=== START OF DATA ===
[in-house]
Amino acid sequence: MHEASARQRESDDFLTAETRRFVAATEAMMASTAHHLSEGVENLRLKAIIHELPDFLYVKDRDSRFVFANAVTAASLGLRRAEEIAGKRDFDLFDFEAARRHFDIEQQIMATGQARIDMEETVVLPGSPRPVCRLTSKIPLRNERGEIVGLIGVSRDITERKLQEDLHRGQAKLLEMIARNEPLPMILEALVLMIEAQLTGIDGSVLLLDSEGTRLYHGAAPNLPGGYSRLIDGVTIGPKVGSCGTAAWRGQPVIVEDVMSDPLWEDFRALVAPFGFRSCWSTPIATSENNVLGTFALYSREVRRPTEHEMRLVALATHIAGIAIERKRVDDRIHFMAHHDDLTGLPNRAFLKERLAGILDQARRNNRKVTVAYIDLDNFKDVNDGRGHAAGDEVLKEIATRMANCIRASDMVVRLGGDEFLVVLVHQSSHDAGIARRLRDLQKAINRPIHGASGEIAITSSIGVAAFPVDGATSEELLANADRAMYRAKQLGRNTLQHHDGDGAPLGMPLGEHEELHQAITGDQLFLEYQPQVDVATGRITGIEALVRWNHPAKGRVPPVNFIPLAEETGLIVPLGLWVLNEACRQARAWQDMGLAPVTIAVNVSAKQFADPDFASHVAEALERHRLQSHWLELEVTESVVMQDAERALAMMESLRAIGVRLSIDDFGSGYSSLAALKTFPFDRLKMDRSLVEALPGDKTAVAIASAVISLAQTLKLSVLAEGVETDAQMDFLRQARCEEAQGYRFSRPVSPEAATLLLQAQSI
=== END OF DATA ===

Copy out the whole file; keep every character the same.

[in-house]
Amino acid sequence: MHEASARQRESDDFLTAETRRFVAATEAMMASTAHHLSEGVENLRLKAIIHELPDFLYVKDRDSRFVFANAVTAASLGLRRAEEIAGKRDFDLFDFEAARRHFDIEQQIMATGQARIDMEETVVLPGSPRPVCRLTSKIPLRNERGEIVGLIGVSRDITERKLQEDLHRGQAKLLEMIARNEPLPMILEALVLMIEAQLTGIDGSVLLLDSEGTRLYHGAAPNLPGGYSRLIDGVTIGPKVGSCGTAAWRGQPVIVEDVMSDPLWEDFRALVAPFGFRSCWSTPIATSENNVLGTFALYSREVRRPTEHEMRLVALATHIAGIAIERKRVDDRIHFMAHHDDLTGLPNRAFLKERLAGILDQARRNNRKVTVAYIDLDNFKDVNDGRGHAAGDEVLKEIATRMANCIRASDMVVRLGGDEFLVVLVHQSSHDAGIARRLRDLQKAINRPIHGASGEIAITSSIGVAAFPVDGATSEELLANADRAMYRAKQLGRNTLQHHDGDGAPLGMPLGEHEELHQAITGDQLFLEYQPQVDVATGRITGIEALVRWNHPAKGRVPPVNFIPLAEETGLIVPLGLWVLNEACRQARAWQDMGLAPVTIAVNVSAKQFADPDFASHVAEALERHRLQSHWLELEVTESVVMQDAERALAMMESLRAIGVRLSIDDFGSGYSSLAALKTFPFDRLKMDRSLVEALPGDKTAVAIASAVISLAQTLKLSVLAEGVETDAQMDFLRQARCEEAQGYRFSRPVSPEAATLLLQAQSI